A public meeting scheduled in Bodden Town on Thursday night (tonight) to update attendees on the government’s cruise port project negotiations will be picketed by a group seeking to keep a landfill from being built in Midland Acres.
“We’re not going to be speaking or anything of the sort, we’re just going to be showing our presence there,” said Gregg Anderson, one of the leaders of the Keep Bodden Town Dump Free movement.
Mr. Anderson said the members of the group would sit apart from other meeting attendees “to show how many people oppose this project”. He also said some signs with various slogans printed on them would be displayed.
The ruling United Democratic Party government has proposed to cap and remediate the landfill at its current location and put a new landfill in the Midland Acres area, located between Bodden Town and Breakers on Grand Cayman’s southern coast.
Both UDP representatives from Bodden Town have supported placing the new landfill in Bodden Town.
According to a letter Minister Mark Scotland and MLA Dwayne Seymour sent to the Caymanian Compass in January: “The implementation of a proper waste management facility will positively address this problem. As elected members and part of the present government, we have an obligation to our country to uphold and direct policy that will be in the best interest of the Caymanian people. The direction that this government has taken in relation to putting in place a solution for a proper waste management facility is the correct one.”
The meeting in Bodden Town is being held by the premier’s office as part of a series of informational meetings on the proposed port development project with China Harbour Engineering Company.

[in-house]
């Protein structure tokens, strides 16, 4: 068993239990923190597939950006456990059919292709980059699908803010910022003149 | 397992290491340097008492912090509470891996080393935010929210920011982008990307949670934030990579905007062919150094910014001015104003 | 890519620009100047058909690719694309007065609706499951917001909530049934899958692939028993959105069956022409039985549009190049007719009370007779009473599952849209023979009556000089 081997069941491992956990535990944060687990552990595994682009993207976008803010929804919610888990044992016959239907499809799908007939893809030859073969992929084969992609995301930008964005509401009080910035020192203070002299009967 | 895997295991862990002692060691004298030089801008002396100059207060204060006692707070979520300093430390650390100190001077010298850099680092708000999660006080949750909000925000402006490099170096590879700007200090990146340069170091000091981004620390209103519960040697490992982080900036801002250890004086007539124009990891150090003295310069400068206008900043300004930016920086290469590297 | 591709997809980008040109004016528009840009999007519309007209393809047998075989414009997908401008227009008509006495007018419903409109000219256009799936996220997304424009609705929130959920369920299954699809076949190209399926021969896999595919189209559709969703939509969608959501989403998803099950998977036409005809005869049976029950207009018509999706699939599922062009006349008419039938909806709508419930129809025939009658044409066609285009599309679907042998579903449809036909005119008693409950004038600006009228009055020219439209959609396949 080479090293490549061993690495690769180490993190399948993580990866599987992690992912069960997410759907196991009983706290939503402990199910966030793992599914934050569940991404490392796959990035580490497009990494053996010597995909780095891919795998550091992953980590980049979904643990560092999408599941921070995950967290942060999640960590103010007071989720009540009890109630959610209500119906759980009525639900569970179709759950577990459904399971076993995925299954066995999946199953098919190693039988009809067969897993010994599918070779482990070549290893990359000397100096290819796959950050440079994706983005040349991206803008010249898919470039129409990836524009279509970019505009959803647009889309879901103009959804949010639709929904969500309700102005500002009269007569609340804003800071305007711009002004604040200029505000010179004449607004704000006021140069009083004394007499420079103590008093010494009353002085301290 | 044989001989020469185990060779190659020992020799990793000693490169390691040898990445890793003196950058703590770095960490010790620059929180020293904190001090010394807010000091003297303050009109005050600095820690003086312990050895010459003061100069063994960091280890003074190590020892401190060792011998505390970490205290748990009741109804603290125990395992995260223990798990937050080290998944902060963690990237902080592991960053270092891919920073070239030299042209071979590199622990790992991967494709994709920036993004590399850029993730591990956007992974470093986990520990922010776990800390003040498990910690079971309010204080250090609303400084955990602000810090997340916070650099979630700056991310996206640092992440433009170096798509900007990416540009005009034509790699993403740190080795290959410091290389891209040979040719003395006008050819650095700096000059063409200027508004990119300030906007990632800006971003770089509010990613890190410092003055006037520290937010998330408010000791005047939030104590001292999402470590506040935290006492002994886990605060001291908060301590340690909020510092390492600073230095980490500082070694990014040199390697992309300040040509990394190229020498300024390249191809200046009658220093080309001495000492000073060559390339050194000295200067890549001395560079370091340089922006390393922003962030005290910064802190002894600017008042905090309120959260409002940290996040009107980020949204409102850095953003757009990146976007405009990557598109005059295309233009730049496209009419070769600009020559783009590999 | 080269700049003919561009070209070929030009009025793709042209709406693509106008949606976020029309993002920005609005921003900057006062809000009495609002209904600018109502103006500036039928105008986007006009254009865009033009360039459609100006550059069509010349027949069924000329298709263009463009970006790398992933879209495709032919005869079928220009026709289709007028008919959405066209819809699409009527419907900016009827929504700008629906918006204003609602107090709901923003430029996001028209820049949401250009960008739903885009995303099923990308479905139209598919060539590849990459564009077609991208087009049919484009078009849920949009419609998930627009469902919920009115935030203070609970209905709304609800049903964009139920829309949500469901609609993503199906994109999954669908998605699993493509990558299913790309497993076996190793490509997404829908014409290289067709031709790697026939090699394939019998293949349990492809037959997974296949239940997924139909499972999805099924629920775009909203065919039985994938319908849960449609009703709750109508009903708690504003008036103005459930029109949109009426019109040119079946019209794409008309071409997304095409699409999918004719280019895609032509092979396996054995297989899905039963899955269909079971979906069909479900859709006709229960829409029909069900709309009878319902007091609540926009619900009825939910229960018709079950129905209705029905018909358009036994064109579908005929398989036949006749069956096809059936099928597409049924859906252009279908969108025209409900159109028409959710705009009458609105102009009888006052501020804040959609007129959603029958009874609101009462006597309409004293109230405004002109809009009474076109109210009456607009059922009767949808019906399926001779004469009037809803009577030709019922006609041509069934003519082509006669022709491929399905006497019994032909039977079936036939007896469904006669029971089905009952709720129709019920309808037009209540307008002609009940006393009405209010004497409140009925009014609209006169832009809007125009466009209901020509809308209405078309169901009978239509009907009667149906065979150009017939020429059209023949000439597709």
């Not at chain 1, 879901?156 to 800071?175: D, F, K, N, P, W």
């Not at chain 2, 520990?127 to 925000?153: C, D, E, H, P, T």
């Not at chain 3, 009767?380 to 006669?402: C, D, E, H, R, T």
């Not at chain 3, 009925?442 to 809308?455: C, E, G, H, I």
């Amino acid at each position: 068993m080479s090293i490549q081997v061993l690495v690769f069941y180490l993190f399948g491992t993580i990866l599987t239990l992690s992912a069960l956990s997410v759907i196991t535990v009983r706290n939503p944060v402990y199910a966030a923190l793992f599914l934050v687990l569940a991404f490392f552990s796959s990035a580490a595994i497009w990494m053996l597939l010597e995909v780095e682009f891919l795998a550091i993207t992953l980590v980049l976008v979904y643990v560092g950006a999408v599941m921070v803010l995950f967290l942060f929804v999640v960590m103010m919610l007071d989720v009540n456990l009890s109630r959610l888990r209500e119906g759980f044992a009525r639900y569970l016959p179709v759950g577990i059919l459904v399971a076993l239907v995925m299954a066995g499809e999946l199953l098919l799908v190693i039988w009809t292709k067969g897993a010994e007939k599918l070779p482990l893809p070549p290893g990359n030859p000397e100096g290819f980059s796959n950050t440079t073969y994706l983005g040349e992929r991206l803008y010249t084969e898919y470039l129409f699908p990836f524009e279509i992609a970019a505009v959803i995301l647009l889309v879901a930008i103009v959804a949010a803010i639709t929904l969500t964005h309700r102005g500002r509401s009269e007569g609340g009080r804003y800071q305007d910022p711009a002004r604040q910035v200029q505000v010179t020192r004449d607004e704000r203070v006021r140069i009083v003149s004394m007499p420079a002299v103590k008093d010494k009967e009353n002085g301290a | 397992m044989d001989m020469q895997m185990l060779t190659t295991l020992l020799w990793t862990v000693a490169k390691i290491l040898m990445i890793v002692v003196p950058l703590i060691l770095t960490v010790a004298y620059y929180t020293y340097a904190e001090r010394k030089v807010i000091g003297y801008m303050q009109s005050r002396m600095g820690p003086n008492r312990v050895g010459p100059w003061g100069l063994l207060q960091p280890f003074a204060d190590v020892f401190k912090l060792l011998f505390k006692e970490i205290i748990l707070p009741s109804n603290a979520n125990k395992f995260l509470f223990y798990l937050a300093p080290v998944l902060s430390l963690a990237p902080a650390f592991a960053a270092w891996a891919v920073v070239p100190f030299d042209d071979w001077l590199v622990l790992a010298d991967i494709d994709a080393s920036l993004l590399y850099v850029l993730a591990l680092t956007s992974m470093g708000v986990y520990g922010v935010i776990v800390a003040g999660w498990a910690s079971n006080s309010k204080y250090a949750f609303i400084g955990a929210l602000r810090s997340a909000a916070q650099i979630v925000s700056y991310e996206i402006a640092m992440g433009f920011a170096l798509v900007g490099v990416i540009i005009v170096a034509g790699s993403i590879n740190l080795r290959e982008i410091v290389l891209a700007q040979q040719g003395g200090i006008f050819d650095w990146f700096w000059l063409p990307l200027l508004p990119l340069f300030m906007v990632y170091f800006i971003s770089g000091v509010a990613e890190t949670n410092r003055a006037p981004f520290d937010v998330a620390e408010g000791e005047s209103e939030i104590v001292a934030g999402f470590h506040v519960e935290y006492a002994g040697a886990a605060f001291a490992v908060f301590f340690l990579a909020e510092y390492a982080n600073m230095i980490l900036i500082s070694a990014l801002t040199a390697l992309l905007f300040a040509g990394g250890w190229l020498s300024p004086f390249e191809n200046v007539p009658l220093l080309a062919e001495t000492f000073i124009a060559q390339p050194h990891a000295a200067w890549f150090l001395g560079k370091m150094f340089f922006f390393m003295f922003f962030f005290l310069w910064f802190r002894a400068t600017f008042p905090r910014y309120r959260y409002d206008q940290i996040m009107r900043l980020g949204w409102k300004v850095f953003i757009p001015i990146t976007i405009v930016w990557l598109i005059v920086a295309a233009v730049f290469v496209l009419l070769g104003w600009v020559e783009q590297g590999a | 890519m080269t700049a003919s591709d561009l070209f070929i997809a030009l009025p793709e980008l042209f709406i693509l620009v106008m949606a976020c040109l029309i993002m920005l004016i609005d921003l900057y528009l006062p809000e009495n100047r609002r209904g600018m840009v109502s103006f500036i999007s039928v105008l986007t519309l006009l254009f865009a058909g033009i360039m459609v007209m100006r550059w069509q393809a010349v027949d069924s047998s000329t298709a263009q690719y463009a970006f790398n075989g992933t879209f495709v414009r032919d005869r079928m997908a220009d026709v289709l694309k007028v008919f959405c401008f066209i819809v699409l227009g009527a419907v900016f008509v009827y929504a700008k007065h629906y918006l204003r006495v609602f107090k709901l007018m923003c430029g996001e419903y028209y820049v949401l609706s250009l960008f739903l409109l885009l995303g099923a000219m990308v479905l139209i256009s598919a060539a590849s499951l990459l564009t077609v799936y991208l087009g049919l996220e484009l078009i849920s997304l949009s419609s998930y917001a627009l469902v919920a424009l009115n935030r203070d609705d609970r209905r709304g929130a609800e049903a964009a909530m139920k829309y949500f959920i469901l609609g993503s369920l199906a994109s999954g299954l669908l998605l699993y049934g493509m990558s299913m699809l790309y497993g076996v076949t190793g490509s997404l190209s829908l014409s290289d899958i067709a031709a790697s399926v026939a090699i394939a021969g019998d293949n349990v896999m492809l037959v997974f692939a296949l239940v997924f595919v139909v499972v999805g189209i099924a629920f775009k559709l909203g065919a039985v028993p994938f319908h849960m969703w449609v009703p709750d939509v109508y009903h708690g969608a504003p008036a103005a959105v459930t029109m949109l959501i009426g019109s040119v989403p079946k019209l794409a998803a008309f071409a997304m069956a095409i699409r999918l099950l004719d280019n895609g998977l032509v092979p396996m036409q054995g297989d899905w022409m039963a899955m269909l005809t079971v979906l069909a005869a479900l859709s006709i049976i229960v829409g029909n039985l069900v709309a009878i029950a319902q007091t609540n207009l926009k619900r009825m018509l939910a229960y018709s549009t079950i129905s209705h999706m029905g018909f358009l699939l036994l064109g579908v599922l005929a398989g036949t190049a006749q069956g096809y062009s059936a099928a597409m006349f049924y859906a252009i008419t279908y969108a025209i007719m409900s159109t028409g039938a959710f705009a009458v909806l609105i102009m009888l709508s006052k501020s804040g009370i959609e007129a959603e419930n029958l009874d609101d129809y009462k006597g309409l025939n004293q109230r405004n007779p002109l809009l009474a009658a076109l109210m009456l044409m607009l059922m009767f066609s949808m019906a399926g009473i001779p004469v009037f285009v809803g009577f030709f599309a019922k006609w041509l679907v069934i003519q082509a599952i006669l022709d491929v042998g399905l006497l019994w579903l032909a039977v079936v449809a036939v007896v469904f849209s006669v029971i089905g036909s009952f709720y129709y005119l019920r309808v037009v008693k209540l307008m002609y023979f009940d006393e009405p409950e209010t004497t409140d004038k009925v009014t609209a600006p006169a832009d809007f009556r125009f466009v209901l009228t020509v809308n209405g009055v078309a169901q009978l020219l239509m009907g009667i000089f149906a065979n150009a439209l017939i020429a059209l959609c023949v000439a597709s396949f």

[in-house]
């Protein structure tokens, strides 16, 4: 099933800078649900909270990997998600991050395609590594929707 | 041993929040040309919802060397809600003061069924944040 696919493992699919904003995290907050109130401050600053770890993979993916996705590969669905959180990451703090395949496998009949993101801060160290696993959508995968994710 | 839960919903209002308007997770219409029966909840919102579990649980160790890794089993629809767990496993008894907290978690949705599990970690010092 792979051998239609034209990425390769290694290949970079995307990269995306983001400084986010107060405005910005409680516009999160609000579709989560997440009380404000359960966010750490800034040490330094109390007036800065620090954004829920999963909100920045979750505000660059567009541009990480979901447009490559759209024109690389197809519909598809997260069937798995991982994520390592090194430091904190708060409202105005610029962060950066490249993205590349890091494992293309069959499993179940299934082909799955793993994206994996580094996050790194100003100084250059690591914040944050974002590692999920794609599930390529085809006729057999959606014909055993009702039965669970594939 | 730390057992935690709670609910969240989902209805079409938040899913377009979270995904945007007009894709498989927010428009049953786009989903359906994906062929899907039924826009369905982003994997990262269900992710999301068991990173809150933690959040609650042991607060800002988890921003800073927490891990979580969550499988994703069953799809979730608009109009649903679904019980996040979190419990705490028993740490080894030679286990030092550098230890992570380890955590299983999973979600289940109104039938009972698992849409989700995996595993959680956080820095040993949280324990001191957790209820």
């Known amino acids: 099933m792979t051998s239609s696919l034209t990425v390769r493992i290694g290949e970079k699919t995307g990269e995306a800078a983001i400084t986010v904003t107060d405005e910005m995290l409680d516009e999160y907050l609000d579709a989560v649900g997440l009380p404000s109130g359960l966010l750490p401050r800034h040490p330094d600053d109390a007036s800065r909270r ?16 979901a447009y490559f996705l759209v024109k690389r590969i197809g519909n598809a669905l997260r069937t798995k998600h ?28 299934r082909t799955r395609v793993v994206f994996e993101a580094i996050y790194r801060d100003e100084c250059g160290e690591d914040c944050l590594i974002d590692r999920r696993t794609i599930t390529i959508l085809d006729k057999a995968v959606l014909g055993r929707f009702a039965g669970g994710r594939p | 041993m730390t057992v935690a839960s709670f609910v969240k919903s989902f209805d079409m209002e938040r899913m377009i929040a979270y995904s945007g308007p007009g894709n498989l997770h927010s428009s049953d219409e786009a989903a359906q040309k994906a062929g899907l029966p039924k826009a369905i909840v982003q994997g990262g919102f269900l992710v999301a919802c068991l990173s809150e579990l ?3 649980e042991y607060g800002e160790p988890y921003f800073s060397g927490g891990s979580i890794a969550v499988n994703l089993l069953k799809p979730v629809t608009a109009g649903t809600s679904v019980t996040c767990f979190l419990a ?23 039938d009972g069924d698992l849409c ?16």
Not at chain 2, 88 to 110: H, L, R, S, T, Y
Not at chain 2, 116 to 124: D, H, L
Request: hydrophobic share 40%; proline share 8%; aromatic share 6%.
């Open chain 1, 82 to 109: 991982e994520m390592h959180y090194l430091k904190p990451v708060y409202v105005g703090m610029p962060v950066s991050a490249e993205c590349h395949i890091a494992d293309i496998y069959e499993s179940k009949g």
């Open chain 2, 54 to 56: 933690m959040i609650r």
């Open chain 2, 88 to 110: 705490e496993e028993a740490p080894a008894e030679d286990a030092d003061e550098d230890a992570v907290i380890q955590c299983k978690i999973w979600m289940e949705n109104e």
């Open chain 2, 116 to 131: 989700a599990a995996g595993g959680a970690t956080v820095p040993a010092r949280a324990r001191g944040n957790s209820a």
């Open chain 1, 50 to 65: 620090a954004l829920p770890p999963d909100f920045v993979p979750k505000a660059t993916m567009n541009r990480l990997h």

The previous two meetings, held in George Town and East End, have been politically charged, and other issues have come up including the landfill proposal and electioneering claims in East End.
During a previous public meeting, Premier McKeeva Bush promised that his government would deal with the landfill issue where the former People’s Progressive Movement administration had not.
“We are going to deal with this [West Bay] road problem and we are going to deal with the landfill,” Mr. Bush told East End residents last month. “They couldn’t get these problems dealt with, and they know that we will.”
Mr. Bush also disagreed that the George Town landfill was being moved to Bodden Town. He said the government intended to “deal with the problem right there” and remediate the current landfill in George Town. In other words, the trash from the George Town landfill would not be moved over to the new site in Midland Acres.
Mr. Anderson has said the community believed there was sufficient space where the landfill was located in George Town for the facility to be managed properly and a waste-to-energy programme to begin.
“All you’re doing is just carting the problem elsewhere,” Mr. Anderson said. “There is no … justifiable reason to relocate the dump to Bodden Town.”